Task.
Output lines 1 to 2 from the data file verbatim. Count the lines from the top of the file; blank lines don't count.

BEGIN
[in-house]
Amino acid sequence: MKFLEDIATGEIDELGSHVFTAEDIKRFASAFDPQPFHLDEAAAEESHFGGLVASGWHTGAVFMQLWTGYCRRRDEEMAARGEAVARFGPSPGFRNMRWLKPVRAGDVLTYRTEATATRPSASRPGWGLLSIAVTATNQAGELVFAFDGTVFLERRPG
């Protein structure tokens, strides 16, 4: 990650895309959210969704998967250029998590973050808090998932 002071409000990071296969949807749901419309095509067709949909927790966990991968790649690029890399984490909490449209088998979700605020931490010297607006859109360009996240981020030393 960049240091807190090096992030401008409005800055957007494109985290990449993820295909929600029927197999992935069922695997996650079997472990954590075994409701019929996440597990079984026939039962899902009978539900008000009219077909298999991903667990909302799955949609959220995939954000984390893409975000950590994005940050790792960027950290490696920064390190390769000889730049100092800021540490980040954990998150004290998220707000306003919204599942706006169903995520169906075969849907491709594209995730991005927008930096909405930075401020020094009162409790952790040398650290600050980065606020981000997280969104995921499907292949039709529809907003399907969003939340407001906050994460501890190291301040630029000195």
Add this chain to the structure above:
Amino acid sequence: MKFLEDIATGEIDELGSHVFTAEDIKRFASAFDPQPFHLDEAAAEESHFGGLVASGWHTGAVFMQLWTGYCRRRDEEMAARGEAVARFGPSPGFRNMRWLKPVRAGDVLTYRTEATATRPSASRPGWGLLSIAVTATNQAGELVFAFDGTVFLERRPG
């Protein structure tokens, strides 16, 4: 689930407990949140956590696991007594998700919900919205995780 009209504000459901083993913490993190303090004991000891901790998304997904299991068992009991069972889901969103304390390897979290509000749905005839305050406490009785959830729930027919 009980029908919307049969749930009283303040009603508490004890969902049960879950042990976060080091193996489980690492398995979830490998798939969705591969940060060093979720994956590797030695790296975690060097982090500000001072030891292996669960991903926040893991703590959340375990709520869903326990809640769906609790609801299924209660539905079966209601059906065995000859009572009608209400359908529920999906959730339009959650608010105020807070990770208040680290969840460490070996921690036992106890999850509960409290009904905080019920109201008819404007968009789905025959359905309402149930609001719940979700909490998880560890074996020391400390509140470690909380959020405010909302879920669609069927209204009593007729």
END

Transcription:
[in-house]
Amino acid sequence: MKFLEDIATGEIDELGSHVFTAEDIKRFASAFDPQPFHLDEAAAEESHFGGLVASGWHTGAVFMQLWTGYCRRRDEEMAARGEAVARFGPSPGFRNMRWLKPVRAGDVLTYRTEATATRPSASRPGWGLLSIAVTATNQAGELVFAFDGTVFLERRPG